popular

Benefit Brings Together Dance Stars to Raise Money—and Awareness—for Hurricane Harvey Victims

Houston Ballet's Jared Matthews and Sara Webb in"The Sleeping Beauty." Photo by Amitava Sarkar, Courtesy Houston Ballet.

Despite the devastation and pain that Hurricanes Harvey and Irma have left in their wake this fall, it's been encouraging to see dancers step up in aid of their communities: When the future of Houston Ballet's Nutcracker seemed uncertain, venues around the city pulled together to allow the company to produce the show on a "hometown tour." And when Florida ballet companies had to evacuate, Atlanta Ballet and Charlotte Ballet welcomed them with open arms. In addition, New York City-based studio Broadway Dance Center offered community classes in September with proceeds donated to the American Red Cross.

The next in this series of good deeds is Hearts for Houston, a benefit performance bringing dancers from seven major companies together at New York City's Alvin Ailey Citigroup Theater to raise money for the United Way of Greater Houston's Harvey Relief Fund. Scheduled for Sunday, October 22, the evening will feature members of the Houston Ballet, American Ballet Theatre, New York City Ballet, Pennsylvania Ballet, Texas Ballet Theater, The Washington Ballet and Alvin Ailey American Dance Theater. Hearts for Houston is imagined and produced by Houston Ballet principal dancers Yuriko Kajiya and Jared Matthews (both formerly of ABT) and funded by patrons Phoebe and Bobby Tudor and sponsor Neiman Marcus.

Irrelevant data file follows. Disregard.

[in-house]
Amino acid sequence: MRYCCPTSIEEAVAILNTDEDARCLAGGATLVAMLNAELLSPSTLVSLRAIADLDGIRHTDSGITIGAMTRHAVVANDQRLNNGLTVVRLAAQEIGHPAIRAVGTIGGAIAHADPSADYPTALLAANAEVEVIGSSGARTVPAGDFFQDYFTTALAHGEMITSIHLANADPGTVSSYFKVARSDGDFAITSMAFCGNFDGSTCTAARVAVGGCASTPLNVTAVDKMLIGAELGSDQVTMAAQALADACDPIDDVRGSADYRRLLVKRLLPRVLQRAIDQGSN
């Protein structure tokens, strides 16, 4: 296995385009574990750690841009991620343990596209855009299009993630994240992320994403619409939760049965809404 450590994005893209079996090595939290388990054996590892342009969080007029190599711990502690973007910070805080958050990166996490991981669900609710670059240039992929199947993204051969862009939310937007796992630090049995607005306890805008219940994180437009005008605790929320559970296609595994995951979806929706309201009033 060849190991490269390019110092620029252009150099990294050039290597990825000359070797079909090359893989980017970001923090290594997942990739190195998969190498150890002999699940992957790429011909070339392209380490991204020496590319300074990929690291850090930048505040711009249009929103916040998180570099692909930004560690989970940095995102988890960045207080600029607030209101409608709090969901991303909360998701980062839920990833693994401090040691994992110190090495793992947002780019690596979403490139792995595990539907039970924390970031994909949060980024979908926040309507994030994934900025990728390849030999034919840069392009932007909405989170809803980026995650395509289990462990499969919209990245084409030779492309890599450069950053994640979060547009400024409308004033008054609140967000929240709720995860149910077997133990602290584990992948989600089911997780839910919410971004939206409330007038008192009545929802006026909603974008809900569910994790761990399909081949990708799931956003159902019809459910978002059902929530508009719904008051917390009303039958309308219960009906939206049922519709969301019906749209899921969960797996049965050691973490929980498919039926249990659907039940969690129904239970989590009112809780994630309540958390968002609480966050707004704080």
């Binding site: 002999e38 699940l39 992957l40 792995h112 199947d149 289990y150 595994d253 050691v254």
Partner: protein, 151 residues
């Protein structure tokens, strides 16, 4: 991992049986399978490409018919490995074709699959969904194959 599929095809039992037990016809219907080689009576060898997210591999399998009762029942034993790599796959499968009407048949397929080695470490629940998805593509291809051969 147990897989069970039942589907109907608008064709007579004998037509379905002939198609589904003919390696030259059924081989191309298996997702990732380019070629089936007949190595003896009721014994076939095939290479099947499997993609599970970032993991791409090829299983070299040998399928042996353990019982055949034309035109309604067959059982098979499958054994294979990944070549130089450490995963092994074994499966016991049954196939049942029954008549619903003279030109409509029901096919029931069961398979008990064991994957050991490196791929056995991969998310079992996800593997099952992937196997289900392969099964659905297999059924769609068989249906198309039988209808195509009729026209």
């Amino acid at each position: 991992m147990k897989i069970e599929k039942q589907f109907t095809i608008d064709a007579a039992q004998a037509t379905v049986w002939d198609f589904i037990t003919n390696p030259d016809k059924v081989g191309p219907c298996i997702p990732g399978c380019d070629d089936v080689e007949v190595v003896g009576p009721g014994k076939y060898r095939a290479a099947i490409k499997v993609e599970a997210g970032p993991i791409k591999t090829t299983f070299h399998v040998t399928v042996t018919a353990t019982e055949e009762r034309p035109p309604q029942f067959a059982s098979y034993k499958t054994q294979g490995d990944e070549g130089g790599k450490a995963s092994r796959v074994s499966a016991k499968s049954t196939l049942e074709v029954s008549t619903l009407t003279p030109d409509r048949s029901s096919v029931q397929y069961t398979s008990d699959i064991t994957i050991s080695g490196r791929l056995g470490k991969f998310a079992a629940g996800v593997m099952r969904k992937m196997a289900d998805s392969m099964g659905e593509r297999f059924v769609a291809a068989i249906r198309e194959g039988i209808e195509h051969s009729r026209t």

The Hearts for Houston Instagram page has been releasing the program over the past week, and so far it looks like a pretty powerful lineup.

The benefit will feature a world premiere by Texas Ballet Theater director and former Houston Ballet artistic director Ben Stevenson O.B.E., titled Martinů Pieces. TBT dancers Carolyn Judson and Alexander Kotelenets will dance the second movement, "Harvey," inspired by the affect of the storm on Stevenson's friends in Houston. Houston Ballet principals Sara Webb and Jared Matthews will dance the La Bayadère Act I pas de deux, and Yuriko Kajiya and Connor Walsh will dance the Madame Butterfly pas de deux choreographed by Stanton Welch. Companies outside of Texas include The Washington Ballet in Alexei Ratmansky's Bolero and Pennsylvania Ballet principals Arian Molina Soca and Mayara Pineiro in the Don Quixote pas de deux. Alvin Ailey American Dance Theater dancers Ashley Mayeux and Sean Aaron Carmon (both Texas natives) will dance "Fix Me, Jesus" from Revelations, and AAADT's Kanji Segawa will perform artistic director Robert Battle's Takademe. Another Ailey dancer, Jacquelin Harris, will be joined by NYCB's Ask La Cour in Christopher Wheeldon's touching (and aptly named) pas de deux, After the Rain. Hearts for Houston has also teased that NYCB's Daniel Ulbricht (no stranger to benefits as the director of the annual Dance Against Cancer) and ABT's Daniil Simkin will be involved, though what they'll be dancing has yet to be announced.